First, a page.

Being on a city government board means being accountable to the public, and sometimes that means discussing with the media information that may be discussed behind closed doors.
Such was the case several weeks ago when Dr. A.J. Hashmi, a member of the Paris Economic Development Corp. board of directors, shared with me about discussions taking place about a possible jobs retention incentive offer for Turner Industries.
Turner announced in April it would be laying off about 500 workers on June 5 due to the effect the coronavirus pandemic had on production orders. Turner Vice President John Fenner said then the company would retain a skeleton crew of 50 so that the plant could quickly resume production when business returns.
Hashmi took the position that PEDC should make a goodwill offer during unprecedented times to the company that has provided hundreds of jobs and bolstered the local economy since coming here in 1990. Given a previous discussion on the matter and fearing the offer might not get the support it needed from other directors, Hashmi said he thought the public should at least be made aware of discussions taking place about one of the city’s largest employers.
In following up on the information, I contacted board chairman Timothy Hernandez the afternoon of a planned executive session, informing him the newspaper knew about Turner discussions. I let him know that I would be calling each director to see what stance they had about the proposal, along with reasons for their opinions. I never made those calls because directors voted unanimously to offer Turner a $400,000 jobs retention incentive to maintain 50 workers through the end of the year.
Did Dr. Hahmi err in informing the media about a decision that could possibly affect more than 500 workers if Turner closed its doors permanently?
It’s not like the economic corporation’s directors were negotiating a deal with a business prospect about locating in Paris. Exposing that information could lead to unnecessary and expensive competition. But had Hashmi not shared his concern, and if a majority of directors opposed the offer, the public, likely, would never have known what the effort was made to retain the business. The public would have, once again, been left waving in the wind knowing there was talk about Turner Industries, but not knowing why PEDC took whatever action or inaction that might have resulted. So much for transparency.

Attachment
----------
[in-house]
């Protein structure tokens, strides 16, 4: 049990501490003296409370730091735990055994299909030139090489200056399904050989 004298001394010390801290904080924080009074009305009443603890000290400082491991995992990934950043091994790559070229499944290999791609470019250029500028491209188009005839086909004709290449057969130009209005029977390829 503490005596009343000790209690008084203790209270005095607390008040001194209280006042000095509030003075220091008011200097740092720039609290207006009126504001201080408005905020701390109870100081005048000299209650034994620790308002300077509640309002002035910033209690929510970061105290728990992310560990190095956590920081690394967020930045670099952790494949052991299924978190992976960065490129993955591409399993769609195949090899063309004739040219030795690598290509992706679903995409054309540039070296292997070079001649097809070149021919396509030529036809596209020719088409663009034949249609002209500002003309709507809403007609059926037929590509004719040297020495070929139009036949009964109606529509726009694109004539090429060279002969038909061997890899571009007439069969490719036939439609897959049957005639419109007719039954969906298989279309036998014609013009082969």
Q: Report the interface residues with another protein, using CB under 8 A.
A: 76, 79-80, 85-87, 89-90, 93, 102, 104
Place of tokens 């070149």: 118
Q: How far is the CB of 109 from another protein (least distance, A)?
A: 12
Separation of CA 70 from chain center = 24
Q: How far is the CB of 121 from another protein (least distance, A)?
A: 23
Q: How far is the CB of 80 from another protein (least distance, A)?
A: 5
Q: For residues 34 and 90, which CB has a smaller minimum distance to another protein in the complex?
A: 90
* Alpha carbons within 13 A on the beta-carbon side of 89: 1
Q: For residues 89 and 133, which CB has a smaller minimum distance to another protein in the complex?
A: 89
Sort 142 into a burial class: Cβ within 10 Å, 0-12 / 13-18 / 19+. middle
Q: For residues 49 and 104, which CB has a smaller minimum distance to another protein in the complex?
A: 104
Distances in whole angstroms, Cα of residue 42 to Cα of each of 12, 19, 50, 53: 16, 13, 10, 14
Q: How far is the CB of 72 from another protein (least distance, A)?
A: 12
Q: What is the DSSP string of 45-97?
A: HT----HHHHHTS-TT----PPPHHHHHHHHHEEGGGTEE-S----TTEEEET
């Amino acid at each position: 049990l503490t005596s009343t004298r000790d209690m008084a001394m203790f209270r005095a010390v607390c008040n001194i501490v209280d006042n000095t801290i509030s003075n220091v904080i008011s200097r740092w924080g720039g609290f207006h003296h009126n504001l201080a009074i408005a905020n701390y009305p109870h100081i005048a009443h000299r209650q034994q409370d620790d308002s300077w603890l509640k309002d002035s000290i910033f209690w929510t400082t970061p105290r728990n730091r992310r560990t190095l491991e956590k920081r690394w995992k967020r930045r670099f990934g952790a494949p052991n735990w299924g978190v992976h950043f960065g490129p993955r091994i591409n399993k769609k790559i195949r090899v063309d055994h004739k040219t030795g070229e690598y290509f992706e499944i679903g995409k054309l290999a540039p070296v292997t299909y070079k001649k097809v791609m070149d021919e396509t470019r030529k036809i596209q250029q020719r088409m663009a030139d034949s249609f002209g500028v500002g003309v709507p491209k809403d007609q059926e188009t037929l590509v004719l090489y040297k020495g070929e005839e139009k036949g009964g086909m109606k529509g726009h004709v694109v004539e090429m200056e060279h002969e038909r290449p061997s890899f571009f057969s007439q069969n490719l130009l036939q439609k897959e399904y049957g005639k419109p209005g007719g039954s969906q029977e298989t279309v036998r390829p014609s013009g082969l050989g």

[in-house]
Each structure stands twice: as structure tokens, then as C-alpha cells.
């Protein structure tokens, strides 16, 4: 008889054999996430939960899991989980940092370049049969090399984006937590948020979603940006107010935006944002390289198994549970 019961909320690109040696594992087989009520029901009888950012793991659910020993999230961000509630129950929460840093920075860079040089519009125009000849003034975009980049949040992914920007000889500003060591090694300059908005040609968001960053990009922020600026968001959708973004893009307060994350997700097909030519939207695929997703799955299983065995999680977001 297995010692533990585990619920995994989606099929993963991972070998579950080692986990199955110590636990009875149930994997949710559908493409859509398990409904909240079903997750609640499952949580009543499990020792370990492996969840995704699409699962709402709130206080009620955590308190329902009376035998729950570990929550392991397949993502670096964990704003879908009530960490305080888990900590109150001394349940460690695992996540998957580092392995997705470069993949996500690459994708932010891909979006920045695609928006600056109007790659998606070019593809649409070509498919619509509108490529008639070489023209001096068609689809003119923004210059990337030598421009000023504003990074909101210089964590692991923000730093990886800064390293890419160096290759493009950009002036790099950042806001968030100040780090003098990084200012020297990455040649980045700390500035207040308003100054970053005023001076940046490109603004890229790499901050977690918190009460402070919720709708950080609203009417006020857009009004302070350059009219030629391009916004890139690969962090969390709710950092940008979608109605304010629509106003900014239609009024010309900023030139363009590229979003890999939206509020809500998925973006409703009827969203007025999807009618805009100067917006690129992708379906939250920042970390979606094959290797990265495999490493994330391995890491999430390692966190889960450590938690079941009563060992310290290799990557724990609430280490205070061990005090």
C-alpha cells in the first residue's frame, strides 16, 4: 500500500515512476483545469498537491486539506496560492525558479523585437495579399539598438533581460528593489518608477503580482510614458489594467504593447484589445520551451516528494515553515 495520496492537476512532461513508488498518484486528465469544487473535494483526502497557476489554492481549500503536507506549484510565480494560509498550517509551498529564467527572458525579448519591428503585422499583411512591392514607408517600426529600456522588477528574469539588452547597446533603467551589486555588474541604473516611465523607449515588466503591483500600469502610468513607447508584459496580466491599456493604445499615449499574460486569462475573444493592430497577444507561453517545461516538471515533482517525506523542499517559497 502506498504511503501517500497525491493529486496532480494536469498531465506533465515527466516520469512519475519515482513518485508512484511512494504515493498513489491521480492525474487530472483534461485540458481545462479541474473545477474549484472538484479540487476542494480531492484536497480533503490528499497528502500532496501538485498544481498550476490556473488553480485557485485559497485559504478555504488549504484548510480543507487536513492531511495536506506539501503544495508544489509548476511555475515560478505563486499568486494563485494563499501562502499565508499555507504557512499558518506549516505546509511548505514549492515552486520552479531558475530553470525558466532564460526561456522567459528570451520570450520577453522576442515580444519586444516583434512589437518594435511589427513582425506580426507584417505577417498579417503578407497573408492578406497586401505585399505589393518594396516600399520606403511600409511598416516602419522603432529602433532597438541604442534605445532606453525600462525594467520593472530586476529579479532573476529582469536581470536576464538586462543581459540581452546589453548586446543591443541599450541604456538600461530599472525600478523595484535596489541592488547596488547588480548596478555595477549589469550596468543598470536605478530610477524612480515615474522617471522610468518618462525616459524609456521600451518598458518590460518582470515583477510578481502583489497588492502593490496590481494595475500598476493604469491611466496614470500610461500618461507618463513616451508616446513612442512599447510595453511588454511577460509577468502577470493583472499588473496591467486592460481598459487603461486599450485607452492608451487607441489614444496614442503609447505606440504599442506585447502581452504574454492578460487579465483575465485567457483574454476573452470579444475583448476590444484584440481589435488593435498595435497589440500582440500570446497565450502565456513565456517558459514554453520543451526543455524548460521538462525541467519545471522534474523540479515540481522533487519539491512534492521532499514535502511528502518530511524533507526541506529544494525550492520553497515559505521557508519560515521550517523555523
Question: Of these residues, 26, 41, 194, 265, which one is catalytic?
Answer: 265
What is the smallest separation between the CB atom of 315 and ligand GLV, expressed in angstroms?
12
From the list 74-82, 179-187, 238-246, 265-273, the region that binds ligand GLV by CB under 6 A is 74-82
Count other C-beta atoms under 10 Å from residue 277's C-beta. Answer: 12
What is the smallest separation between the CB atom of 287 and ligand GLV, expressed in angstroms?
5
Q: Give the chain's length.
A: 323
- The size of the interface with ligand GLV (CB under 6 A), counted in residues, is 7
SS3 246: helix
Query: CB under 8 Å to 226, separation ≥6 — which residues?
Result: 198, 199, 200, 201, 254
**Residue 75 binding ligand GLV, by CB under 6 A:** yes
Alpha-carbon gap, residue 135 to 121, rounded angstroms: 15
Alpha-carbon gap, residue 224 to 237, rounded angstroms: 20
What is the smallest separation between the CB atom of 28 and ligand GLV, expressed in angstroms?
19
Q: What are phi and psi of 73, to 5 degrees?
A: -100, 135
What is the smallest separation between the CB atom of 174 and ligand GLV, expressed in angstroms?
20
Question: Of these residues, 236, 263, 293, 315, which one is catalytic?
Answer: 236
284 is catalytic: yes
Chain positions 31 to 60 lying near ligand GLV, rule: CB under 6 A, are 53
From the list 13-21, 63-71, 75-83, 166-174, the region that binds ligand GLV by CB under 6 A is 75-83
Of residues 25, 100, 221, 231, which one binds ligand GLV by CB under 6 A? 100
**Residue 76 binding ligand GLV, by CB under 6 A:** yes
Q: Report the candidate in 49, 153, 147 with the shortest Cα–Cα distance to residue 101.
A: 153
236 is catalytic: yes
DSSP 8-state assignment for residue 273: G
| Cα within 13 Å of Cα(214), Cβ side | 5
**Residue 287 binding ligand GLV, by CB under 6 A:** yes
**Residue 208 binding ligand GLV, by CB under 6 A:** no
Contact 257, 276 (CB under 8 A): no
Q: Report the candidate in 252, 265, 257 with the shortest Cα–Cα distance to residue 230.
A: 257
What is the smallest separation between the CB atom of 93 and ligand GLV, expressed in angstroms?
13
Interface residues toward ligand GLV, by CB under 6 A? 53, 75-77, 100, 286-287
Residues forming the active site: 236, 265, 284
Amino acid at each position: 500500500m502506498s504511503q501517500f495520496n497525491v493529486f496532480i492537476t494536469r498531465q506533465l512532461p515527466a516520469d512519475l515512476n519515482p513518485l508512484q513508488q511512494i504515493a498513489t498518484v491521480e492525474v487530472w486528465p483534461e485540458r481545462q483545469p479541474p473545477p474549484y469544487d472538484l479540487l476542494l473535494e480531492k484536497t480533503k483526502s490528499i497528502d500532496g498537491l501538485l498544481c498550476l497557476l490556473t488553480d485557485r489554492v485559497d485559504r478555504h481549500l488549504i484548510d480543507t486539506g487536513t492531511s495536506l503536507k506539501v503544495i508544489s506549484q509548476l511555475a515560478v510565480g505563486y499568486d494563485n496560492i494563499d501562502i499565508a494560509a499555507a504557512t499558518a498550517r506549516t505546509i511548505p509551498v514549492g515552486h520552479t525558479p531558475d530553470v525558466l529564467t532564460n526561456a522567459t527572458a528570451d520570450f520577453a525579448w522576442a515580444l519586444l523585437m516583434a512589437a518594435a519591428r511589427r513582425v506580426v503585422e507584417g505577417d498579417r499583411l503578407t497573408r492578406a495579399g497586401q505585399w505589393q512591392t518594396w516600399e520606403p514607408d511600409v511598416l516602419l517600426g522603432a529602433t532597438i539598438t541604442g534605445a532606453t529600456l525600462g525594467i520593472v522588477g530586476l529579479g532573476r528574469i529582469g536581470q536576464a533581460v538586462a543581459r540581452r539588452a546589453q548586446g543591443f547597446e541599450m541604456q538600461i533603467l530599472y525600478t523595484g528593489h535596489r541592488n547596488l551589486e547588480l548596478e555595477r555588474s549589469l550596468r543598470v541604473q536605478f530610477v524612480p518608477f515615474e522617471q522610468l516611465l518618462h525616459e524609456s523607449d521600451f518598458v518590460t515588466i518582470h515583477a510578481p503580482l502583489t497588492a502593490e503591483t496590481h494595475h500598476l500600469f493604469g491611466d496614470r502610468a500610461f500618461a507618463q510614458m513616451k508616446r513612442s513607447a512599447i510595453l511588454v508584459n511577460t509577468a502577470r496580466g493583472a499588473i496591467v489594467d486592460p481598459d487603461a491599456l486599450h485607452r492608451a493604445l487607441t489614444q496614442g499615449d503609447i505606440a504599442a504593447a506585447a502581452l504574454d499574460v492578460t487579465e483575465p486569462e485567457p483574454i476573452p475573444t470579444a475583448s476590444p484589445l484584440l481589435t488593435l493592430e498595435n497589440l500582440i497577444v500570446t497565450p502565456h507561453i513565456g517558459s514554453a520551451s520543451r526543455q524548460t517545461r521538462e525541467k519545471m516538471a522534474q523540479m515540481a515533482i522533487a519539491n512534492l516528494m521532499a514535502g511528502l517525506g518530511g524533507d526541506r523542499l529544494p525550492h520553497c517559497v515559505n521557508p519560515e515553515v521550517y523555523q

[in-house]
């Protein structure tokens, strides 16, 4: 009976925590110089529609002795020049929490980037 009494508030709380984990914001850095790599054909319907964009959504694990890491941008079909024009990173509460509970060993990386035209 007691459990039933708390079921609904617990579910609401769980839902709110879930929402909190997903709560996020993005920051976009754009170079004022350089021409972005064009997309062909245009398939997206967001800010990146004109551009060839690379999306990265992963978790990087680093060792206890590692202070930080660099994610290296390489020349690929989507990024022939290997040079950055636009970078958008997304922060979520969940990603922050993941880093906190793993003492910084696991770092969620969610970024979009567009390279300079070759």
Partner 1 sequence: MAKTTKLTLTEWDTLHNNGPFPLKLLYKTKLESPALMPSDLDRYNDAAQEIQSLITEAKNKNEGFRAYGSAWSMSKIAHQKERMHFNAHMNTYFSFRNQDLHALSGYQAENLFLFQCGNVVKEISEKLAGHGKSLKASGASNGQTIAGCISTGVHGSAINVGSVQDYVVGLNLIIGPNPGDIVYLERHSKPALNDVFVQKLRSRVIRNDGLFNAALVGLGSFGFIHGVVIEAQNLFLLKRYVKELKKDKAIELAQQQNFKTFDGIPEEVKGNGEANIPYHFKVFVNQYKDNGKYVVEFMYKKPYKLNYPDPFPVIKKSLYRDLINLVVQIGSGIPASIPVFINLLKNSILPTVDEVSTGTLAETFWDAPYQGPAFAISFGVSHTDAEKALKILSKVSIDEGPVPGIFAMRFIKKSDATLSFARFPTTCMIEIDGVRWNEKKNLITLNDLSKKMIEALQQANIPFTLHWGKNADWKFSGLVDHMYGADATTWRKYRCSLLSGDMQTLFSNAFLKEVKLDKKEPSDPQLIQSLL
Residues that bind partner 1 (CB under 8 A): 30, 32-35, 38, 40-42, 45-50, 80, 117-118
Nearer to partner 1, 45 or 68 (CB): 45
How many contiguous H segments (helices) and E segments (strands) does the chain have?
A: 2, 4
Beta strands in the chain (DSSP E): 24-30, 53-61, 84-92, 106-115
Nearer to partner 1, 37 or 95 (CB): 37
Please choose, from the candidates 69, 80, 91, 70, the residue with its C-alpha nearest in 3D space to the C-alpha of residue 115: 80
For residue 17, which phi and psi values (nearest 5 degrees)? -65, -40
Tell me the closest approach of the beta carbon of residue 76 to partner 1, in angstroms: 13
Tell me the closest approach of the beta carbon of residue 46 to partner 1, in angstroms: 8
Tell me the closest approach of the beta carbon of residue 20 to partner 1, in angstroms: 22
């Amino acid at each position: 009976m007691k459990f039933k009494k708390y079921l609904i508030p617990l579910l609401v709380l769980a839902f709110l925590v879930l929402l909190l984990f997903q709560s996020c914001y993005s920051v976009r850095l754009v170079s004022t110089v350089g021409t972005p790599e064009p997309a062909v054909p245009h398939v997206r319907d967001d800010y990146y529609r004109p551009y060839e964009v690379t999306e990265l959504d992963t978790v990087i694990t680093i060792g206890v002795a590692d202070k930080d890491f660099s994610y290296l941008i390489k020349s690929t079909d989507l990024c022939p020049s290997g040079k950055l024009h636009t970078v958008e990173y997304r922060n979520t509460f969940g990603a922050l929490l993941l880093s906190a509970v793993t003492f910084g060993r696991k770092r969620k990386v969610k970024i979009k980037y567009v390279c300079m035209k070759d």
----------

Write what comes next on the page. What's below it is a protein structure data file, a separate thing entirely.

Government boards are known for instructing members to avoid discussions about executive session items. However, it’s not illegal, and it’s the best recourse a board member has to inform the public about a concern they might have about a topic discussed behind closed doors. Remember, no law may infringe on First Amendment rights, and so anyone involved in an executive session is free to discuss the session afterwards with anyone else.
Yet for Paris City Council’s meeting Monday, Councilor Clayton Pilgrim presented an agenda item to remove an economic development director, and then entered a motion to table discussion and a vote until June 22. Pilgrim said the reason for the delay is to give a seven-day written notice about the proposed removal. However, a written notice is not required, according to City Attorney Stephanie Harris. And Dr. Hashmi along with Hernandez and board secretary/treasurer Mihir Pankaj were present. It is evident they had been informed.
Although Pilgrim did not mention the name of the targeted director, it did not take long after the meeting for me to determine Hashmi is the target, something I suspected beforehand because Hashmi had spoken with me. The call for removal appears to be punishment for Hashmi’s discussions with the media.
I hope this scare tactic does not keep board members on other taxpayer supported entities from contacting the media when there is a need to do so.